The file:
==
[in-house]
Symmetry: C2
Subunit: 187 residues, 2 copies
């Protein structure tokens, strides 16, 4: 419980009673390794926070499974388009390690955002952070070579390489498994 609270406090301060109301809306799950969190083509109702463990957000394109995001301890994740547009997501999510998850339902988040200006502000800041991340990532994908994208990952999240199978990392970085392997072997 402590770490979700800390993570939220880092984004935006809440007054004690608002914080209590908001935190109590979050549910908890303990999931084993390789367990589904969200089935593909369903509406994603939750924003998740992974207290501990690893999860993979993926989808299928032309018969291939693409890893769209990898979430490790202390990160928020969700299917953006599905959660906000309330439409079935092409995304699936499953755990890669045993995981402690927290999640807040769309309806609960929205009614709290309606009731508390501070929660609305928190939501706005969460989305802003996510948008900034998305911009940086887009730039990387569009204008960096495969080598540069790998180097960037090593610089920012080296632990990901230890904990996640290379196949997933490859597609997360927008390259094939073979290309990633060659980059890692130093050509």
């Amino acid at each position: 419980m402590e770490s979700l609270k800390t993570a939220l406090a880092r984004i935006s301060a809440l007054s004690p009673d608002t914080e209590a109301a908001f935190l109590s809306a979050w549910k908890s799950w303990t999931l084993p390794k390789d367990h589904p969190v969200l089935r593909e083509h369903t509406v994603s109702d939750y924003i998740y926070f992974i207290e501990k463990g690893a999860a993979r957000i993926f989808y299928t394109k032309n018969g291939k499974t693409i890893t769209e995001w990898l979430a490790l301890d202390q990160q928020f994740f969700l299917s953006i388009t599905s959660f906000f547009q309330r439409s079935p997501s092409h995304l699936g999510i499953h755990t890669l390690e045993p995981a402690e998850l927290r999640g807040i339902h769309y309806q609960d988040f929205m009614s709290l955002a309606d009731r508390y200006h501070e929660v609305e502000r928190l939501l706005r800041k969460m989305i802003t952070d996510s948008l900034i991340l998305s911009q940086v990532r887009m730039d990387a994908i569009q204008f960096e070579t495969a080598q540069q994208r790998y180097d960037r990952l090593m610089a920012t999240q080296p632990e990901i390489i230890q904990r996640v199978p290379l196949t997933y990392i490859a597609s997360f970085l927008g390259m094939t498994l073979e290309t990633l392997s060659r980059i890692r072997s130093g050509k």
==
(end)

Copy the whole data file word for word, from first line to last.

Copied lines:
[in-house]
Symmetry: C2
Subunit: 187 residues, 2 copies
């Protein structure tokens, strides 16, 4: 419980009673390794926070499974388009390690955002952070070579390489498994 609270406090301060109301809306799950969190083509109702463990957000394109995001301890994740547009997501999510998850339902988040200006502000800041991340990532994908994208990952999240199978990392970085392997072997 402590770490979700800390993570939220880092984004935006809440007054004690608002914080209590908001935190109590979050549910908890303990999931084993390789367990589904969200089935593909369903509406994603939750924003998740992974207290501990690893999860993979993926989808299928032309018969291939693409890893769209990898979430490790202390990160928020969700299917953006599905959660906000309330439409079935092409995304699936499953755990890669045993995981402690927290999640807040769309309806609960929205009614709290309606009731508390501070929660609305928190939501706005969460989305802003996510948008900034998305911009940086887009730039990387569009204008960096495969080598540069790998180097960037090593610089920012080296632990990901230890904990996640290379196949997933490859597609997360927008390259094939073979290309990633060659980059890692130093050509």
């Amino acid at each position: 419980m402590e770490s979700l609270k800390t993570a939220l406090a880092r984004i935006s301060a809440l007054s004690p009673d608002t914080e209590a109301a908001f935190l109590s809306a979050w549910k908890s799950w303990t999931l084993p390794k390789d367990h589904p969190v969200l089935r593909e083509h369903t509406v994603s109702d939750y924003i998740y926070f992974i207290e501990k463990g690893a999860a993979r957000i993926f989808y299928t394109k032309n018969g291939k499974t693409i890893t769209e995001w990898l979430a490790l301890d202390q990160q928020f994740f969700l299917s953006i388009t599905s959660f906000f547009q309330r439409s079935p997501s092409h995304l699936g999510i499953h755990t890669l390690e045993p995981a402690e998850l927290r999640g807040i339902h769309y309806q609960d988040f929205m009614s709290l955002a309606d009731r508390y200006h501070e929660v609305e502000r928190l939501l706005r800041k969460m989305i802003t952070d996510s948008l900034i991340l998305s911009q940086v990532r887009m730039d990387a994908i569009q204008f960096e070579t495969a080598q540069q994208r790998y180097d960037r990952l090593m610089a920012t999240q080296p632990e990901i390489i230890q904990r996640v199978p290379l196949t997933y990392i490859a597609s997360f970085l927008g390259m094939t498994l073979e290309t990633l392997s060659r980059i890692r072997s130093g050509k």